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THEATRICAL REVIEW: The Jungle Book 3D (2016)

April 19, 2016 1 comment
The Jungle Book (2016)Directed by: Jon Favreau
Produced by: Jon Favreau, Brigham Taylor
Screenplay by: Justin Marks
Edited by: Mark Livolsi
Cinematography by: Bill Pope
Music by: John Debney
Starring: Neel Sethi, Bill Murray, Ben Kingsley, Idris Elba, Lupita Nyong’o, Scarlett Johansson, Giancarlo Esposito, Christopher Walken, Garry Shandling
Based on the 1967 animated Disney feature and the book by Rudyard Kipling
Year: 2016

 

Okay, how does this work again? It’s been a while since I last wrote a review! Forgive me if I am rusty. Hooray for job searching…

I wasn’t particularly interested in the latest adaptation of The Jungle Book. Let alone that this one was based on what I consider to be one of Disney’s lesser classic films, it was also because it was another in a line of live action films that Disney seems bent on doing to more and more of its older animated movies, which had so far managed to miss with 2 out of the 3 most recent unnecessary cash-ins – Alice in Wonderland and Maleficent were absolutely painful. However, with the positive reviews coming in and the fact that I actually genuinely loved their most recent film, Cinderella (also based on what I believe to be a lesser classic), I did decide to spend an early Friday respite from the last fleeting bits of work I have left over the next few weeks by checking out the 3D matinee. Read more…

Theatrical Review: “The World’s End”

August 28, 2013 5 comments
The World's EndDirected by: Edgar Wright
Produced by: Tim Bevan, Eric Fellner, Nira Park
Written by: Simon Pegg, Edgar Wright
Edited by: Paul Machliss
Cinematography by: Bill Pope
Music by: Steven Price
Starring: Simon Pegg, Nick Frost, Paddy Considine, Martin Freeman, Eddie Marsan, Rosamund Pike, David Bradley, Michael Smiley, Pierce Brosnan, Bill Nighy
Year: 2013

 

Well, it’s finally here – the conclusion to the loosely connected, genre-homaging Three Flavours Cornetto Trilogy, the long rumored, long in development film known as The World’s End – not to be confused with This Is the End, the American film released earlier this summer. The conclusion to what accidentally became a trilogy was long in coming, and while I don’t remember exactly when I first heard about it, it was a long time ago, I know that for sure. Director Edgar Wright’s original script, titled Crawl, was written 21 years ago, but the concept of turning Shaun of the Dead and Hot Fuzz into the first 2/3 of a quasi-trilogy never really came into fruition until the filming of Hot Fuzz. People, such as myself, who were eager to see the final entry were tided over with the likes of the unrelated-yet-still-somewhat-similar Paul from Simon Pegg and Nick Frost and Edgar Wright’s brilliant but sadly overlooked adaptation of the comic Scott Pilgrim vs. the World, but when you consider the fact that it’s been six long years since the release of Hot Fuzz, it’s easy to understand why fans were getting a bit restless. But, finally, it’s here, and I’m happy to say that it is every bit as good as its predecessors. Read more…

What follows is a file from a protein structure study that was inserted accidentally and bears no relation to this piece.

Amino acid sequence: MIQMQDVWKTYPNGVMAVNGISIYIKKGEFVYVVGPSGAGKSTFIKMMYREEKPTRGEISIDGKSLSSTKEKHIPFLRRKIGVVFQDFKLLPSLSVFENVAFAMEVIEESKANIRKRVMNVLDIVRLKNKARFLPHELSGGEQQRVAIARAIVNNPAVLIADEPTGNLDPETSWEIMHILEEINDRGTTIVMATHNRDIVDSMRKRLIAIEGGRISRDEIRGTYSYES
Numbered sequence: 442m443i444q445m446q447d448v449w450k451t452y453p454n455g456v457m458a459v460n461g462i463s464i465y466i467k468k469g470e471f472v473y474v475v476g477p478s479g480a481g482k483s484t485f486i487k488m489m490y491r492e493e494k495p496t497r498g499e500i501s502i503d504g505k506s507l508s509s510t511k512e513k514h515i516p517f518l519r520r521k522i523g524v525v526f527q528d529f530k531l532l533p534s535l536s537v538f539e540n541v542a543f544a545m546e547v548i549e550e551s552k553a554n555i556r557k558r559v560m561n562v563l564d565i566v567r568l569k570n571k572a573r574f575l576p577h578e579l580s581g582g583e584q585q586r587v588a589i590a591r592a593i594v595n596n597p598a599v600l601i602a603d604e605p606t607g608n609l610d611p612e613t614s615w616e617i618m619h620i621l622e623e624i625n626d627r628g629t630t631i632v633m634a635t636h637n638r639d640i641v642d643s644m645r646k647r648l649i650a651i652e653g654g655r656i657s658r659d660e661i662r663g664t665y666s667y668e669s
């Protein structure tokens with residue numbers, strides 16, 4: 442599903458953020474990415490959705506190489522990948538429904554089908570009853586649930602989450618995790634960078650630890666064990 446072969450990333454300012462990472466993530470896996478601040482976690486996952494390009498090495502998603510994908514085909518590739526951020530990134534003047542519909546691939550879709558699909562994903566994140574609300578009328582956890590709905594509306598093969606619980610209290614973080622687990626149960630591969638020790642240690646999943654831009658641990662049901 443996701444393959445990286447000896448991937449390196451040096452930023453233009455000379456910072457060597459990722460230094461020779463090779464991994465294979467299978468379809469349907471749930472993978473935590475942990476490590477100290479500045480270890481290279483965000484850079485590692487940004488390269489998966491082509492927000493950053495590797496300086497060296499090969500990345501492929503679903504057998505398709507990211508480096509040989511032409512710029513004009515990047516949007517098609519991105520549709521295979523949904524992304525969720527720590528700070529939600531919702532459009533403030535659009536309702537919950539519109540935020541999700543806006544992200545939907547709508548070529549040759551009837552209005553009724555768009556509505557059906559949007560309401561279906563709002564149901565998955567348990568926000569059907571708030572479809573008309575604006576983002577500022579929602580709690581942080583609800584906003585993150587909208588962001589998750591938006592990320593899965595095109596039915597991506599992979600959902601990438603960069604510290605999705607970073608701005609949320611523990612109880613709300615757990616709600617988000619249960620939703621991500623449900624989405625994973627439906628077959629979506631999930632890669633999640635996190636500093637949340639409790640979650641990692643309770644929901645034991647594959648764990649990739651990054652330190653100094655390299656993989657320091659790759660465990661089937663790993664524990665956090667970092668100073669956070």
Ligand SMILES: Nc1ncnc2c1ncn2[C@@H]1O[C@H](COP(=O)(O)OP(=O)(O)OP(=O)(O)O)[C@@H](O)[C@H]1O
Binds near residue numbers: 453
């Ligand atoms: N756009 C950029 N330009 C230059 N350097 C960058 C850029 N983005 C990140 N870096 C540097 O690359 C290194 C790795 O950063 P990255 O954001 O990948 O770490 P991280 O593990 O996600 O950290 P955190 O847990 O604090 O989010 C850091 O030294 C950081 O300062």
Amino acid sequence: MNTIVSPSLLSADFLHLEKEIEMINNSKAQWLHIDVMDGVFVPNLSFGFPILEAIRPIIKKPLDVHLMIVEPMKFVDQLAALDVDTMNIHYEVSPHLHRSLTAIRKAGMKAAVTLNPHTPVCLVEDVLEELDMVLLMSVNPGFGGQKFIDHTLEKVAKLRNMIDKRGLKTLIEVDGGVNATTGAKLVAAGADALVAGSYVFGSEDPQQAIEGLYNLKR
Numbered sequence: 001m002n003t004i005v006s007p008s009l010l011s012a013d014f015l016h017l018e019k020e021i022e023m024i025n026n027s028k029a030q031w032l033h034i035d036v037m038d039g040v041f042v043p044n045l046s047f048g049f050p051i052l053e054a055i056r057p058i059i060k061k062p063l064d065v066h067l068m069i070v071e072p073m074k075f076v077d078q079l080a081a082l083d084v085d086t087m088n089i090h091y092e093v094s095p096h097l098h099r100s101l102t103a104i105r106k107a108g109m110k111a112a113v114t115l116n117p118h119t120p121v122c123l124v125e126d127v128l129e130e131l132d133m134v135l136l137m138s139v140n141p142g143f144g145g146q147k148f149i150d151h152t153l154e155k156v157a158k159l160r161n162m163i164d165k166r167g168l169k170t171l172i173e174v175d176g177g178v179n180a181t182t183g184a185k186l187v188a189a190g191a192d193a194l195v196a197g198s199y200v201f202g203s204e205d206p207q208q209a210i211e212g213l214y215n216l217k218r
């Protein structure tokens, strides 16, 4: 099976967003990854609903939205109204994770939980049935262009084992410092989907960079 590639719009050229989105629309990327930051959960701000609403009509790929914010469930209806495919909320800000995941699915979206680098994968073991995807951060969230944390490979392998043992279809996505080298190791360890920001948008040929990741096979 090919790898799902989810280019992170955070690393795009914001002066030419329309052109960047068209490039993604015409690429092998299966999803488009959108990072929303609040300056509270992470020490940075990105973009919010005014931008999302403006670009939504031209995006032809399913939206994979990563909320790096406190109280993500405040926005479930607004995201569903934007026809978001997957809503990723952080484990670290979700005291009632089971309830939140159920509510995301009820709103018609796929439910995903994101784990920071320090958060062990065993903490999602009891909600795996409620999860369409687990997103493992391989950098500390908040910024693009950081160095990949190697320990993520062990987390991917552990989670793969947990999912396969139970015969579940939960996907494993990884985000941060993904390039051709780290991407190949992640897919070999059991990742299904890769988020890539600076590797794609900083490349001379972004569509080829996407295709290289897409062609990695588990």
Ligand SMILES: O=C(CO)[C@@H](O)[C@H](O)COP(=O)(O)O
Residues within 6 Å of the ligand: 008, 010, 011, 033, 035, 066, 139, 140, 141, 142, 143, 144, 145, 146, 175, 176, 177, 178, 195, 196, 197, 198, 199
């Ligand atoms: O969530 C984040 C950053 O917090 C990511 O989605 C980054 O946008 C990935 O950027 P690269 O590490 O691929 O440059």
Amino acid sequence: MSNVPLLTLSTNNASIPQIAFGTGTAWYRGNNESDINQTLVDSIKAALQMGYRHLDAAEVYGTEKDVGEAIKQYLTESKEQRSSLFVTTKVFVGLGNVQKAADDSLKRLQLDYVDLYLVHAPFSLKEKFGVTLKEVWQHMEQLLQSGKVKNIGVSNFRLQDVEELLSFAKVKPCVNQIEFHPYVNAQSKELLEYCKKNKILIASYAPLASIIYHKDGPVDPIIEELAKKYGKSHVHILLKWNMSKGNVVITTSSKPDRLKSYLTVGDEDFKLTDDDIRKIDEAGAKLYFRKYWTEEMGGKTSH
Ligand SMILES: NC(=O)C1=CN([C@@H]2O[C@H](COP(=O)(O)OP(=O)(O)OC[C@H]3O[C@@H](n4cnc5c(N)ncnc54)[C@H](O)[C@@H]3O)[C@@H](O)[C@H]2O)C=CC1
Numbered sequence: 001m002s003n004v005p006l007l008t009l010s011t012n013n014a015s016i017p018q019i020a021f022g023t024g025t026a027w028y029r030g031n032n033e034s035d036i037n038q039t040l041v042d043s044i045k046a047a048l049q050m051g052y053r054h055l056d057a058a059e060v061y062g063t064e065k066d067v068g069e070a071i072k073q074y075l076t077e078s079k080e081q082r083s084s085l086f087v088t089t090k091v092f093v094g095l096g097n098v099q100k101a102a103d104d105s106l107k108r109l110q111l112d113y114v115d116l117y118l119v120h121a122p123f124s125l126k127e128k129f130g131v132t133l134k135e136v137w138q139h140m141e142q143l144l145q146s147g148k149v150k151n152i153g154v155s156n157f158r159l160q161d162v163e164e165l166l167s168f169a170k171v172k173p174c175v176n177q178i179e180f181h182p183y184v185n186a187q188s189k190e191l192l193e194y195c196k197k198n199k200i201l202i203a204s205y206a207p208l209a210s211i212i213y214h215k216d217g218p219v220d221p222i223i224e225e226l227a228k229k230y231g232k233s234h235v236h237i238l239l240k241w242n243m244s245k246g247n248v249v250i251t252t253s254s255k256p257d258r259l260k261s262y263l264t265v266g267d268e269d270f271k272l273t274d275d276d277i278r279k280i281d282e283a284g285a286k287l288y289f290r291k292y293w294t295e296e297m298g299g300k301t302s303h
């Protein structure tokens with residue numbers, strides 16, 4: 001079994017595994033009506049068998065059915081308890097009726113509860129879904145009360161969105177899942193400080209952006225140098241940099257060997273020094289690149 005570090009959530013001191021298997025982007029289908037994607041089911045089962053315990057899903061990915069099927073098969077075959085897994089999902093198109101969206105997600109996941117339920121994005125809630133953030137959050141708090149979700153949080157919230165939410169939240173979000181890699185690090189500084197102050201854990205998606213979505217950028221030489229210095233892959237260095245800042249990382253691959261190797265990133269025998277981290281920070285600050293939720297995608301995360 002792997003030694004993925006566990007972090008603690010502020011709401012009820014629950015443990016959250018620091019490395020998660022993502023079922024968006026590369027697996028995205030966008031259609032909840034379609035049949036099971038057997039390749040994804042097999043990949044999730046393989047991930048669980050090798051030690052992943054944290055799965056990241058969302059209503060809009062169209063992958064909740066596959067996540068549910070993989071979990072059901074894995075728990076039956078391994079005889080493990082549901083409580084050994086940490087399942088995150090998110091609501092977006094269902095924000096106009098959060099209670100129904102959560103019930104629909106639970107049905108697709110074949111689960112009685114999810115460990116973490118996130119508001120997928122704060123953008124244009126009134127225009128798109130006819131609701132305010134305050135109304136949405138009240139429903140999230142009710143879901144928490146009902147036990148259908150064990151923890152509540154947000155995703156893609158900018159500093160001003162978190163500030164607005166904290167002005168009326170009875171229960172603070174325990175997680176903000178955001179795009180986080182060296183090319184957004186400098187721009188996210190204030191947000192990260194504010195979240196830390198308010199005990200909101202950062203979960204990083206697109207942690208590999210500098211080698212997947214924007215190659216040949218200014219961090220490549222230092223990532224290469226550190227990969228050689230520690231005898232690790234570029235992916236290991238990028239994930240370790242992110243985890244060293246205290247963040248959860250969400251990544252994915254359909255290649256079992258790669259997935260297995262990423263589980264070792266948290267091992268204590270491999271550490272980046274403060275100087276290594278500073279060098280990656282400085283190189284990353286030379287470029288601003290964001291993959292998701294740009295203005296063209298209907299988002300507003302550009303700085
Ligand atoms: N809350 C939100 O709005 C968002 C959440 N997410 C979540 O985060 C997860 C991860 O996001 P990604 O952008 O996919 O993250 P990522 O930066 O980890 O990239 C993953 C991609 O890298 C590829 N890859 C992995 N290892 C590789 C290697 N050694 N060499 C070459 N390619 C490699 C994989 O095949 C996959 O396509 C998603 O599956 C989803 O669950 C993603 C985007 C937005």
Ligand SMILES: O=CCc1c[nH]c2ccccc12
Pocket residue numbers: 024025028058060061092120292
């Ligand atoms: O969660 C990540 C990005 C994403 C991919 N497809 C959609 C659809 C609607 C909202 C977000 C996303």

Review: “Clueless”

May 31, 2013 3 comments
CluelessDirected by: Amy Heckerling
Produced by: Scott Rudin, Robert Lawrence, Twink Caplan, Adam Schroeder, Barry M. Berg
Written by: Amy Heckerling
Edited by: Debra Chiate
Cinematography by: Bill Pope
Music by: David Kitay
Starring: Alicia Silverstone, Stacey Dash, Brittany Murphy, Paul Rudd, Donald Faison, Breckin Meyer, Dan Hedaya, Elisa Donovan, Justin Walker, Wallace Shawn, Twink Caplan, Jeremy Sisto
Inspired by the novel Emma by Jane Austen
Year: 1995

 

Every once in a while, a film comes along that transcends its trappings and finds a broader than expected audience, only to become a renowned classic. Star Wars was such a film – a silly space opera that managed to become one of the biggest and most influential films of all time. Without it, we would likely have not had the revival of Star Trek and the creation of Alien. The Dark Knight did the same for superhero films, as well, taking its subject seriously and forever changing the expectations regarding the quality of a subgenre that was still considered to be mostly a catalyst for special effects.

Clueless is one of those films – a high school comedy that manages to be both smart and likeable enough that it was a hit with both audiences of all ages as well as becoming a darling with critics who recognized it for its witty dialogue and well developed characters. It was enough of a hit that it even became a well-received TV series. Teen comedies featuring a blonde rich girl protagonist are bound to either make fun of its main character for being a dimwit or, even worse, treat her like a princess who goes on a sort of fun, supposedly meaningful high school experience that will apparently change her life forever. Clueless remains a refreshingly down-to-earth in its scope, despite the characters’ social status. Read more…

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